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'Jekyll and Hyde' cell may hold key to muscular dystrophy, fibrosis treatment

Date:
January 20, 2010
Source:
University of British Columbia
Summary:
Researchers have identified fat-producing cells that possess "dual-personalities" and may further the development of treatments for muscle diseases such as muscular dystrophy and fibrosis.
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A team of University of British Columbia researchers has identified fat-producing cells that possess "dual-personalities" and may further the development of treatments for muscle diseases such as muscular dystrophy and fibrosis.

The team found a new type of fibro/adipogenic progenitors, or FAPs, that generate fatty fibrous tissues when transplanted into damaged muscles in mice. Progenitors are similar to stem cells in their capacity to differentiate, but are limited in the number of times they can divide.

The findings are published in the current issue of Nature Cell Biology.

"These cells are typically dormant in muscle tissues," says lead author Fabio Rossi, Canada Research Chair in Regenerative Medicine. "Once activated by damage, they produce signals that coordinate tissue regeneration and then disappear. That's the Dr. Jekyll side of FAPs.

"In chronic muscle diseases such as muscular dystrophy, however, FAPs persist and may be contributing to over-production of scar tissues, resulting in fibrosis. That's the Mr. Hyde side," says Rossi, associate professor in the Department of Medical Genetics and the Biomedical Research Centre.

Better understanding of the role of FAPs could help encourage their healthy function or repress their negative impact, the researchers say. In the long term, drugs targeting these cells may be useful in a range of diseases characterized by fibrosis ranging from cardiovascular to lung and kidney disease, to organ transplantation. In addition, the cells' ability to generate new fat tissue could be exploited to target metabolic disease.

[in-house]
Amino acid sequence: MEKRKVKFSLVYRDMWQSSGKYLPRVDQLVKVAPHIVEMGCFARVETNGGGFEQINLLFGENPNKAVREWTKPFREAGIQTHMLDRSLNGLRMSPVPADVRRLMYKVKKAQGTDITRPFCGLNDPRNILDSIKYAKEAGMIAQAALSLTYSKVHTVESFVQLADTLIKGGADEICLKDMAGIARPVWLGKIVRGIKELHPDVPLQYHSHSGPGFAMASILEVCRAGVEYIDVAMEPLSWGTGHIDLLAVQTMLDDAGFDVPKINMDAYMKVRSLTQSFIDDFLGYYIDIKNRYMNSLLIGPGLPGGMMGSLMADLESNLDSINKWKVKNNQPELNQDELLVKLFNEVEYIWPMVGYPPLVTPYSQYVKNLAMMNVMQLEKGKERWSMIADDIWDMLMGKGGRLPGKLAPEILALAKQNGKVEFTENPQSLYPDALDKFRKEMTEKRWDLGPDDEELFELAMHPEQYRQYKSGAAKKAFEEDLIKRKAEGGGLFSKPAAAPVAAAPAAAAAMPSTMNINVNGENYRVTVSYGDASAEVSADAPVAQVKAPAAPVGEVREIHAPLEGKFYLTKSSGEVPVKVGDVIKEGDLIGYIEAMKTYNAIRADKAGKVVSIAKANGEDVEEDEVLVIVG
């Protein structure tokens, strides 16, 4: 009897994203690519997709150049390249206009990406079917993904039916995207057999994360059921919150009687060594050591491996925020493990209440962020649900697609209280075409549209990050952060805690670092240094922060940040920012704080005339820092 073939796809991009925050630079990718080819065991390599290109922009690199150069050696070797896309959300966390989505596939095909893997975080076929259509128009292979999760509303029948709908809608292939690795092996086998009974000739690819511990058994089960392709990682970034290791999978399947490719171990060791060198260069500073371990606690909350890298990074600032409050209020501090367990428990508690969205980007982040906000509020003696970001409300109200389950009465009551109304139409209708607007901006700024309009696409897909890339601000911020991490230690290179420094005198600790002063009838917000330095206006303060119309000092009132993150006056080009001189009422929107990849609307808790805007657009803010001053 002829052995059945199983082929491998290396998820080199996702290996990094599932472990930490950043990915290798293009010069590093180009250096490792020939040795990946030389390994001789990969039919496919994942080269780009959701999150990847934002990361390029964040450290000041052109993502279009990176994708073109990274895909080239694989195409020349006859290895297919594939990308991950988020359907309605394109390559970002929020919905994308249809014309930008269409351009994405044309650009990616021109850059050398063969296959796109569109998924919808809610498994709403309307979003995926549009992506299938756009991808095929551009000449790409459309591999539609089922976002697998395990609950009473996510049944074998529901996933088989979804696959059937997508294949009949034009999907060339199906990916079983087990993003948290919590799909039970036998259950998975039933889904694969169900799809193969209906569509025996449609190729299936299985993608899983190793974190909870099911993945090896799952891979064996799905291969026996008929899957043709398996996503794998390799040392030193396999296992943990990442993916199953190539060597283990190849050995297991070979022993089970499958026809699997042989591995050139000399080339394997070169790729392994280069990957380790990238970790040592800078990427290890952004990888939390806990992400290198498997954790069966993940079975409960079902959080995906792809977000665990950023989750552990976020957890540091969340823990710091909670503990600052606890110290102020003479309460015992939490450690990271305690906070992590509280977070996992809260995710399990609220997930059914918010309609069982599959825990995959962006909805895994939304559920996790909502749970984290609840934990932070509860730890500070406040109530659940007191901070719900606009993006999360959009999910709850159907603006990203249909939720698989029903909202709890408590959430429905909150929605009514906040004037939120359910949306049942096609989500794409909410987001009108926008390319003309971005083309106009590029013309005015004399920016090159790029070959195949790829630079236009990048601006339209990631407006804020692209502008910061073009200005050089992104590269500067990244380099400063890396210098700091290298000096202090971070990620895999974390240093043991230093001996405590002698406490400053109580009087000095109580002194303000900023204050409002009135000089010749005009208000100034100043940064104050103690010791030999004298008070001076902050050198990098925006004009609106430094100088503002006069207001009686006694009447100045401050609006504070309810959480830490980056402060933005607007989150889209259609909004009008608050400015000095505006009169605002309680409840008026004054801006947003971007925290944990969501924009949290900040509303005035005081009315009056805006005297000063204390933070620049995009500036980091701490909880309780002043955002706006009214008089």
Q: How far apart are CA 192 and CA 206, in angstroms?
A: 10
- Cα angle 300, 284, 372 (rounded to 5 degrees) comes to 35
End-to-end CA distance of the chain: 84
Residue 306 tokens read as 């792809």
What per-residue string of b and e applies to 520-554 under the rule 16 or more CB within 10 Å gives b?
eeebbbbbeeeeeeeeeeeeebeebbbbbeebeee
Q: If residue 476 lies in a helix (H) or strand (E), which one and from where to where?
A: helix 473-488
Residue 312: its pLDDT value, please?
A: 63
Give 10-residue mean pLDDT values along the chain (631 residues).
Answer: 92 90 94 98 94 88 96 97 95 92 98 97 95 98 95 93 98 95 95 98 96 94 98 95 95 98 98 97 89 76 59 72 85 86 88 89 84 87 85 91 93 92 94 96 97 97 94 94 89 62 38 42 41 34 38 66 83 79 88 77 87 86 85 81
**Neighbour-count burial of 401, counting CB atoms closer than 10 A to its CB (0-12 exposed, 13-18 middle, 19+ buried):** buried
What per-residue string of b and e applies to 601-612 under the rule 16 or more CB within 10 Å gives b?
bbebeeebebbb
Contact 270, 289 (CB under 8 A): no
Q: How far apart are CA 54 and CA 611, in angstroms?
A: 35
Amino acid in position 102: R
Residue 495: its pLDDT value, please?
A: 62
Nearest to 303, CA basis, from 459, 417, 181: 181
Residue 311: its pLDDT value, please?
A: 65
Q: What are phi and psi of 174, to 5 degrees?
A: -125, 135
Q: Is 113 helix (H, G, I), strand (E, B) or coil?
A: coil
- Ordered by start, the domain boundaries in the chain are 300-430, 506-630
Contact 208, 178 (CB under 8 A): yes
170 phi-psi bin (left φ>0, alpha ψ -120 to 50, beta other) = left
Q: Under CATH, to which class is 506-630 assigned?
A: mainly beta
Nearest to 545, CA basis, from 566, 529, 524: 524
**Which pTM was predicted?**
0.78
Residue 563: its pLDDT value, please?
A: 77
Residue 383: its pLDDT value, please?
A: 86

The study was supported by funding from the Canadian Institutes of Health Research, the Michael Smith Foundation for Health Research and The Foundation for Cell Therapy. The Biomedical Research Centre is affiliated with the Vancouver Coastal Health Research Institute.


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The above story is based on materials provided by University of British Columbia. Note: Materials may be edited for content and length.


Cite This Page:

University of British Columbia. "'Jekyll and Hyde' cell may hold key to muscular dystrophy, fibrosis treatment." ScienceDaily. ScienceDaily, 20 January 2010. <www.sciencedaily.com/releases/2010/01/100118091051.htm>.
University of British Columbia. (2010, January 20). 'Jekyll and Hyde' cell may hold key to muscular dystrophy, fibrosis treatment. ScienceDaily. Retrieved April 27, 2015 from www.sciencedaily.com/releases/2010/01/100118091051.htm
University of British Columbia. "'Jekyll and Hyde' cell may hold key to muscular dystrophy, fibrosis treatment." ScienceDaily. www.sciencedaily.com/releases/2010/01/100118091051.htm (accessed April 27, 2015).

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